Fast Cycling NOx Storage and Reduction on Lean NOx Trap Catalytic Reactor



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An experimental and modeling study describes fast cycling NOx storage and reduction (NSR) with H2 and C3H6 as reductants on a Pt/BaO/CeO2/Al2O3 lean NOx trap (LNT) catalyst for emission control of lean burn vehicles. The results provide insight and deeper understanding of the impact of cycle frequency on the LNT performance and underlying NSR mechanism. Experiments and modeling reveal NOx conversion enhancement for cycle times less than 10 s (fast cycling) compared to the longer cycle times of ~1 min, typical of conventional NSR. The more frequent storage and regeneration of fast cycling increases the utilization of stored NOx capacity by decreasing NOx breakthrough during the lean phase. A comparison of cycle-average NOx conversion using H2 and C3H6 as reductants at the same lean/rich stoichiometry level provides revealing information. The observed NOx conversion enhancement of up to 45% (absolute) with 10x faster cycling is independent of reductant type and is attributed to improved NOx storage utilization. Exotherm with aerobic rich feed with H2 results in lower NOx conversion resulted from higher temperature rise, due to higher molecular diffusivity. Comparison of the temporal dependence of the effluent composition when using H2 and C3H6 as reductants enables an assessment of the possible intermediate mechanism. Involvement of a surface N-containing oxygenate pathway is indicated by the appearance of peaks of N2O, N2, and CO2 during the rich to lean switch. Adsorbed intermediate reactivity measurements provide further evidence. Double peaks are possibly products mainly from oxidation of intermediates. In order to investigate previous experimental results in detail, a global kinetic model incorporated into a non-isothermal 1-D monolith reactor is built and is capable of capturing most of the experimental trends. Differences in NOx conversion under fast cycling with anaerobic feed between H2 and C3H6 are mostly due to higher molecular diffusivity of H2. Proposed HC-intermediate (selected as C2H3NCO) pathway can predict the experimental double peaks of N2, while formation of which consumes ~2.5 times C3H6 according to the stoichiometry number, resulting in less NOx reduction efficiency than traditional C3H6 reduction pathway. In sum, through both experiments and modeling the traditional NOx reduction pathway is the most effective and the better utilization of the storage site is the most important factor in NOx reduction enhancement during fast cycling.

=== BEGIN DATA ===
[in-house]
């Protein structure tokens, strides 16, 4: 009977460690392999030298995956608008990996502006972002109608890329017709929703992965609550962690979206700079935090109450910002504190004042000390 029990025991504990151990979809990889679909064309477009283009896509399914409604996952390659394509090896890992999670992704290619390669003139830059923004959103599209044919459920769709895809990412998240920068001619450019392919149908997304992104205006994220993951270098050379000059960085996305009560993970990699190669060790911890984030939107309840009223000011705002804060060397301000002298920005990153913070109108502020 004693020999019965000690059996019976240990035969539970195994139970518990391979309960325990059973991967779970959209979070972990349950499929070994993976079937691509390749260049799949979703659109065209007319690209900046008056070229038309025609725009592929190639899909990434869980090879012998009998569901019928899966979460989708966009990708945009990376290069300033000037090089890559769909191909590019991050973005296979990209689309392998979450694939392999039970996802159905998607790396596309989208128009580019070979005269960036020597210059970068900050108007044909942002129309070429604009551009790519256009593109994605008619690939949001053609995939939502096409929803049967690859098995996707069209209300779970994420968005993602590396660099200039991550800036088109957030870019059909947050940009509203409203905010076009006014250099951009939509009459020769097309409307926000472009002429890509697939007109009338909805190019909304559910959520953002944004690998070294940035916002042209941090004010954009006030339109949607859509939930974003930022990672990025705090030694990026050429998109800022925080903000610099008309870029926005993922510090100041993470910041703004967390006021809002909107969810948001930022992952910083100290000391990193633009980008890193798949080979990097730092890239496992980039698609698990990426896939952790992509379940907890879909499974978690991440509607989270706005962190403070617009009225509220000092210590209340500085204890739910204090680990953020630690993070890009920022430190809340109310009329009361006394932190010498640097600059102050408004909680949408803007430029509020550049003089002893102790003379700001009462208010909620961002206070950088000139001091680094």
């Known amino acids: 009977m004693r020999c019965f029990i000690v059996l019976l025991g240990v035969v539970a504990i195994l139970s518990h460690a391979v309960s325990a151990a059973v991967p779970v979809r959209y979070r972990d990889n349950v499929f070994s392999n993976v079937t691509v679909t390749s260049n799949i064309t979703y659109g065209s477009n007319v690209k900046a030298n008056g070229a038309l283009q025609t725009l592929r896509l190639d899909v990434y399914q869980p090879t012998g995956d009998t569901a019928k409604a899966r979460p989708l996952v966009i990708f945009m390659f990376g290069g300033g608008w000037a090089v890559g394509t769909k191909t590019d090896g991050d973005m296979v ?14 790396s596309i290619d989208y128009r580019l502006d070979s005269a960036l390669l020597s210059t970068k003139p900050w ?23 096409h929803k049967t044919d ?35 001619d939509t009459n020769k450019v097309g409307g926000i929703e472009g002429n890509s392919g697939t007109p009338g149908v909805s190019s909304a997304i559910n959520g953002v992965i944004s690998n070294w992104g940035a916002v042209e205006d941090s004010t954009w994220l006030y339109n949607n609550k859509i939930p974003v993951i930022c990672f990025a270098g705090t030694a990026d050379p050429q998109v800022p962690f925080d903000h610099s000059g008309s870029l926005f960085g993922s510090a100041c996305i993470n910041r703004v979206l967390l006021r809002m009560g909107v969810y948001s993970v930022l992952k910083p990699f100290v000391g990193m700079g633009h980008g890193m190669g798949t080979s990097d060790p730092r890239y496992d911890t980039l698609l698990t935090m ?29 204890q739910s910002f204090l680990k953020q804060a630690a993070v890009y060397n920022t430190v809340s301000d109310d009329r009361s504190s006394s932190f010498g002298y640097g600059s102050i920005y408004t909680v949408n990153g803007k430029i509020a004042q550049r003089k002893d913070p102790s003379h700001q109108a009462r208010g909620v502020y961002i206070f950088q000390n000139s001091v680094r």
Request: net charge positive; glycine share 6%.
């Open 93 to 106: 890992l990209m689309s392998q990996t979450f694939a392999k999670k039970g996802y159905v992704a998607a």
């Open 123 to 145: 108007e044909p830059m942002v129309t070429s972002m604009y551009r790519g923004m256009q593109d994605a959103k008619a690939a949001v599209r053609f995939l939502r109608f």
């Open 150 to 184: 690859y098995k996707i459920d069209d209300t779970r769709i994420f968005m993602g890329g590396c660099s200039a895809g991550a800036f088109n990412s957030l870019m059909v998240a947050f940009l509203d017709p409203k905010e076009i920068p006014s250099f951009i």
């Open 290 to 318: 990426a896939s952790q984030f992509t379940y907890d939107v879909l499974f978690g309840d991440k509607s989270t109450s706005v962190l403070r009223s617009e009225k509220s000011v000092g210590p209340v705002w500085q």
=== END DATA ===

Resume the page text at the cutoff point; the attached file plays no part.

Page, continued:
NOx, C3H6, Reductant, Storage, HC-intermediate, Ceria